Substitives and suffixes
|From:||Matthew Kehrt <matrix14@...>|
|Date:||Monday, August 28, 2000, 21:25|
Recently I returned from taking a three-week JHU summer program. The
class I took was on etymologies, and it also covered a lot of basic
linguistics. I learned quite a bit.
During the course, I realized that English has many ways of forming
new words. Two of these are substitive words, where a word is used as
another part of speech (i.e. American for an American PERSON; noun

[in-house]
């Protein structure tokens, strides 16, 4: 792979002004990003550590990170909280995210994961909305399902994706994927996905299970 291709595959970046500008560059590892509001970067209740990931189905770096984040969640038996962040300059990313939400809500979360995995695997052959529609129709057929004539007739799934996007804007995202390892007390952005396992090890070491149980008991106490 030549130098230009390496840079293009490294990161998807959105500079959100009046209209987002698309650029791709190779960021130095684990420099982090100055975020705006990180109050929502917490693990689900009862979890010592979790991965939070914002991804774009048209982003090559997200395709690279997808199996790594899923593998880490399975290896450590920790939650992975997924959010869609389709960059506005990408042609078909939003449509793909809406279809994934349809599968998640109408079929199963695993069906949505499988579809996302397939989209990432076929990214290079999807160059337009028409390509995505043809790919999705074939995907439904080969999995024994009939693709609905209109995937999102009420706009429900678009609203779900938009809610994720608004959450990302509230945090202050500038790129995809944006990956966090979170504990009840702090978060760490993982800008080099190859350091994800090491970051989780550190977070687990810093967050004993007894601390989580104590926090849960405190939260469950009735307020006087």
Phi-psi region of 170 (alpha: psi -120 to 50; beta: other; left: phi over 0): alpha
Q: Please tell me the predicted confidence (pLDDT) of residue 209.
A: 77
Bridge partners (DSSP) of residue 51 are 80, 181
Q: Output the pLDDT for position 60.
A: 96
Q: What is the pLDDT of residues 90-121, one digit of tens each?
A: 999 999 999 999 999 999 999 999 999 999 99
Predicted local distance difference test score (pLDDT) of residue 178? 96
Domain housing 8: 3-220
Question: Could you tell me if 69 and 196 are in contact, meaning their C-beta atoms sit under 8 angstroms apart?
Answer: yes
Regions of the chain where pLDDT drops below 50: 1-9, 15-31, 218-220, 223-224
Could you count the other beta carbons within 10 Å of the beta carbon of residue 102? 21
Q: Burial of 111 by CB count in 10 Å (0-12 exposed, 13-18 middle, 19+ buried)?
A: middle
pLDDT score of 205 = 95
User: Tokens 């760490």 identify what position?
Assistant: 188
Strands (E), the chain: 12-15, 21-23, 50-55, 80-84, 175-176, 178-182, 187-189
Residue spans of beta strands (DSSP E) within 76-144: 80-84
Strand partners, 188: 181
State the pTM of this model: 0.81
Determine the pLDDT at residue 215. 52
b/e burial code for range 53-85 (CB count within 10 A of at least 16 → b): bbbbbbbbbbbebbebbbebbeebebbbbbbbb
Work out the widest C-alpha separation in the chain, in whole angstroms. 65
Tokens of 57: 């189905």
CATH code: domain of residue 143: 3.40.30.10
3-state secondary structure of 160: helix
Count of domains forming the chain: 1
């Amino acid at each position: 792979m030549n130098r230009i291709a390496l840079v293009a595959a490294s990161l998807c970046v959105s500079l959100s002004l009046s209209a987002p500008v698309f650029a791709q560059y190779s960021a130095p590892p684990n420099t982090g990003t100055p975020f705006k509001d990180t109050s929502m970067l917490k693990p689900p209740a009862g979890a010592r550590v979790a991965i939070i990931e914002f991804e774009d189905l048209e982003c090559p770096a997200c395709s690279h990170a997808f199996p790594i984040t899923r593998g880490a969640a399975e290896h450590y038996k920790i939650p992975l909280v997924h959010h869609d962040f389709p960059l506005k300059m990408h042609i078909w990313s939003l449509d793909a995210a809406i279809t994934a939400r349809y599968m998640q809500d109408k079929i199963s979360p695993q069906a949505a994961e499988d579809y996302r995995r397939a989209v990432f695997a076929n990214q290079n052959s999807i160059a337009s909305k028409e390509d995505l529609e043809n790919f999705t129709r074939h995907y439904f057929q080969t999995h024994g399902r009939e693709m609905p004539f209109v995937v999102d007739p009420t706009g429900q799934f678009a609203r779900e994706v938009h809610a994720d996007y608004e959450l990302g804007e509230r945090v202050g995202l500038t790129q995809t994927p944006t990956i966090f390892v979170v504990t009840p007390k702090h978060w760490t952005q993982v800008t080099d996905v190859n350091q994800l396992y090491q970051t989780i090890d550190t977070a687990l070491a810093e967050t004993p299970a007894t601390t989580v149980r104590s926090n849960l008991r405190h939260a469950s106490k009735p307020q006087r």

becomes an adjective) and the process of adding suffixes to change
the part of speech (for example teacher from teach + -ER).
What I want to know is whether these two processes are standard in
other natlangs as well. I speak a little French, but not enough to
know. I specifically am wondering about non-IE langs such as
Eviendadïl, my conlang, has a few suffixes, but not many, and no pure
substitive words. If however, these processes are normal in all
natlangs, it would allow me to add them.
Certê-ä "Matthew William" sa Mathyü Üilyám
Saráth evenü, cán el-sayü liné!